A new investigation revealed Monday that members of an espionage network who had been jailed last month were planning to kill a Chechen dissident in Turkey on the orders of Chechen leader Ramzan Kadyrov.
Before the network was exposed, the spies – four Russians, a Ukrainian and an Uzbek national – had plotted to assassinate a Chechen dissident living in Turkey named "Abdulhakim,” who fought for the opposition in Syria against the Bashar Assad regime.
According to information obtained by Turkey’s National Intelligence Organization (MIT), the leader of the clandestine network, Bislan Rasaev, took orders from Kazbek Dukuzov and Adam Delimkhanov, a Duma deputy and cousin of Chechen leader Kadyrov, who is also sought by Interpol.
Dukuzov has also issued orders for four assassinations of Chechen dissidents in Europe since 2004.
MIT also revealed that Rasaev was planning to gather weapons to assassinate Abdula Abdulaev, code-named “Ebubekir,” a smuggler and member of the Daesh terrorist organization. During raids carried out on the suspects' homes, weapons equipped with lasers and silencers were found.
On Oct. 21, state broadcaster TRT News reported that six suspects had been jailed pending trial over an alleged plot against Chechen dissidents in Turkey. The suspects were held on charges of “political and military espionage,” and had been preparing “armed action and spying” against Chechen opposition figures, it added.
The report said they were initially detained in the Mediterranean province of Antalya on Oct. 8 in an investigation led by prosecutors in Istanbul. They are being held in Istanbul’s Maltepe prison.
The espionage charge carries a prison sentence of 15 to 20 years.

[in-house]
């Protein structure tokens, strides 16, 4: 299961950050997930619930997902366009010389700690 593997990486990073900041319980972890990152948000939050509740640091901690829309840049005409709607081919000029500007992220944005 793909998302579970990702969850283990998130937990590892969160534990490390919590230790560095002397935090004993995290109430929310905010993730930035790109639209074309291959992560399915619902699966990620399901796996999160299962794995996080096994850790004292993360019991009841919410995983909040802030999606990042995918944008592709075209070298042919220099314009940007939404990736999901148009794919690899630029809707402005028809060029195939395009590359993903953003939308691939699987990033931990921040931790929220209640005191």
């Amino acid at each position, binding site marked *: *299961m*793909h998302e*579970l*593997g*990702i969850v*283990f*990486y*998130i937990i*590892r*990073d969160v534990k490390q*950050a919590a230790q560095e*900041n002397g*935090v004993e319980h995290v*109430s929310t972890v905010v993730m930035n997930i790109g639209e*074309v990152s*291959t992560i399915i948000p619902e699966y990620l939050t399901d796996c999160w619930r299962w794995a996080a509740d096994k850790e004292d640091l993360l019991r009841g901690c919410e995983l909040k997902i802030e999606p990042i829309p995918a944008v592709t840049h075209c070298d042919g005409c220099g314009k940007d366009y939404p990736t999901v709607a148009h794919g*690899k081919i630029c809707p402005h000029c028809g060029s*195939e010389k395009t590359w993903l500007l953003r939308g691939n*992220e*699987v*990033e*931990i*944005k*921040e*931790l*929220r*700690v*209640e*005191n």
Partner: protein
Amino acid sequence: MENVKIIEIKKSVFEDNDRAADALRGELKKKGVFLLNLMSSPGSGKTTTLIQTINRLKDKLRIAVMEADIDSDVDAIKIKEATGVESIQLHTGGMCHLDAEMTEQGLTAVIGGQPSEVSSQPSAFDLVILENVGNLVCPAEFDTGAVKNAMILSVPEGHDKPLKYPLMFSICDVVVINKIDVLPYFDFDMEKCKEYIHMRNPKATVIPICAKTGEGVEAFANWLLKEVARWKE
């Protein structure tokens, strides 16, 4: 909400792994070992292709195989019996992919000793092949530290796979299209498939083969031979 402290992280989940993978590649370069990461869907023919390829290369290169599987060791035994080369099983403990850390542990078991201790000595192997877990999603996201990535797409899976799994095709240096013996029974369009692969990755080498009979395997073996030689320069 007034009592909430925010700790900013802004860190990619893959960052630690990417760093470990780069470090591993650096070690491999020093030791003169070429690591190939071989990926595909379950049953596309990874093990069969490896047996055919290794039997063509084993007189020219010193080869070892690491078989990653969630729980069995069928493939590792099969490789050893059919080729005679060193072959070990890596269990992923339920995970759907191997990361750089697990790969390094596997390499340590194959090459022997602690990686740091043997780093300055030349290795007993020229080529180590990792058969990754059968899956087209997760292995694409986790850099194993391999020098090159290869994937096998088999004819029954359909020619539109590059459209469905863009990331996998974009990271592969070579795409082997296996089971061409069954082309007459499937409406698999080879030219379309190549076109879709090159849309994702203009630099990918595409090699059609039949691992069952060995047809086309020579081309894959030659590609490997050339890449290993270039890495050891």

The investigation comes on the heels of another MIT operation that exposed a network of operatives working for the Mossad Israeli intelligence agency. The 200-person MIT team unveiled that the agency had been carrying out activities against Tel Aviv's opponents and foreign students in Turkey.
The Mossad network, which consisted of five separate cells of three people, was tracked by MIT units for a year. Once the information was relayed to the police, counterterrorism forces caught the 15 spies in a secret operation carried out on Oct. 7 across four provinces.
According to reports, the spies had been providing Mossad information on foreign students enrolled in Turkish universities, especially those who they think could work in the defense industry in the future. The investigation revealed that one of the cells was particularly important as its members were tasked with contacting Mossad field officers and meeting with them abroad.
Over the years MIT has prevented many attacks and assassination attempts in Turkey by intelligence services against dissidents, journalists and civilians who are seen as threats by countries like Iran, Russia, Syria, the United Arab Emirates (UAE) and Saudi Arabia.
These operations display the increasing capacity of MIT’s counterespionage capabilities.
Within the scope of Operation Kama (Dagger), suspects determined to be preparing to assassinate Vahid Edelgirev, a Russian citizen of Chechen descent, were apprehended in April 2016. Edelgirev was a member of the Caucasus Emirate, a Chechen organization designated as a terrorist group by Russia and the United States.
In Operation Gümüş (Silver), Istanbul police conducted an operation against Markharbi Isaev, another Russian citizen of Chechen descent, and those who were provided arms by Kadyrov's network to assassinate a Chechen in Istanbul.
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